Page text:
On May 8th 2014, the U.S. Institute of Peace and the Institute for War & Peace Reporting hosted a panel to discuss on the role of the media in both inciting and mitigating violence.
While it is generally accepted that there is a strong correlation between a free press and democracy, there is less known about the role that media -- particularly independent media -- plays in countries in the midst of war or just emerging from conflict.
What can be learned from the experiences of Iraq and Afghanistan, where the U.S. and other donors have invested significant infusions of aid in building independent media sectors? Or from the more recent transitions of Libya, Egypt and Tunisia, among others? How are the numerous small but tenacious outlets in Syria, many run by untrained citizen journalists, affecting the war?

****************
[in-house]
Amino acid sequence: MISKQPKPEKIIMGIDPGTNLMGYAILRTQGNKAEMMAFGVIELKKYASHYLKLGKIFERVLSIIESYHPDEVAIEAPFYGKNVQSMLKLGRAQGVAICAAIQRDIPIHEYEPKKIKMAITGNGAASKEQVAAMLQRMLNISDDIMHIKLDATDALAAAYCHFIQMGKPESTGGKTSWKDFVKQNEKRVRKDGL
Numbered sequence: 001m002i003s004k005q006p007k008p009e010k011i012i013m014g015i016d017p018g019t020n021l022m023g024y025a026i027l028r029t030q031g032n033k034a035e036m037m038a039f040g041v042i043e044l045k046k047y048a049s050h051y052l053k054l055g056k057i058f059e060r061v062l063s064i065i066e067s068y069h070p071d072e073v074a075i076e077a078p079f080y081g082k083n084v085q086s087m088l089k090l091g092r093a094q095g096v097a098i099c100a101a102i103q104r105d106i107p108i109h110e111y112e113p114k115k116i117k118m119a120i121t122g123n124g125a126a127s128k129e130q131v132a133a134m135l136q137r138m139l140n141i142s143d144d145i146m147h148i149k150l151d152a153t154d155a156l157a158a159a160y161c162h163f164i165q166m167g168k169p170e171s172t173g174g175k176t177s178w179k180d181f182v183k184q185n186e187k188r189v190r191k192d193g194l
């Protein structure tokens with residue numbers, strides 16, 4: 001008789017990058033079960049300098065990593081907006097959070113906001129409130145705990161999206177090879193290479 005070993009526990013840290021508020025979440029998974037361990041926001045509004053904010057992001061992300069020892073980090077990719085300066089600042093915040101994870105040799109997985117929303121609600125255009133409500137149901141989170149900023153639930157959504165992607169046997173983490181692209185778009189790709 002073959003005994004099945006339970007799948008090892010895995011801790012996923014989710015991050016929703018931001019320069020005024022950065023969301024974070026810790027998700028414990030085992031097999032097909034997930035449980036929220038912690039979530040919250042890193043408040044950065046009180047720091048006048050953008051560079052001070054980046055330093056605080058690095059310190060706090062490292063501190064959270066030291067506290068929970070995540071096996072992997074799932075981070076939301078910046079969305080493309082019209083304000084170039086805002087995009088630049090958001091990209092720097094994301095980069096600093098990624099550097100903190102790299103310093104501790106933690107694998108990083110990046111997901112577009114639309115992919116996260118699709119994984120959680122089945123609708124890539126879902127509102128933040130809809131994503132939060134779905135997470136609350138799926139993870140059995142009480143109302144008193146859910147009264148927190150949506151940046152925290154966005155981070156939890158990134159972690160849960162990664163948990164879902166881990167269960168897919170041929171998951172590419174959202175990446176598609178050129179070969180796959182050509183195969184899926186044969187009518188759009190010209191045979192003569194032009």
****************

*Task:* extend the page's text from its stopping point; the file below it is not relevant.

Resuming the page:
Susanne Fischer and Ammar al-Shahbander, both stationed in the Middle East for IWPR, have lived these issues over the past decade. They joined USIP's Anand Varghese to explore how media shapes conflict and post-conflict societies in the Middle East and North Africa. The audience was encouraged to participate in the conversation via Twitter with #ConflictReporting.
Chief of Mission, Iraq, Institute for War & Peace Reporting
Regional Programme Manager, Middle East, Institute for War & Peace Reporting
Program Officer, PeaceTech Initiative, U.S. Institute of Peace
Manal Omar, Moderator
Vice President of the Middle East and Africa Center, U.S. Institute of Peace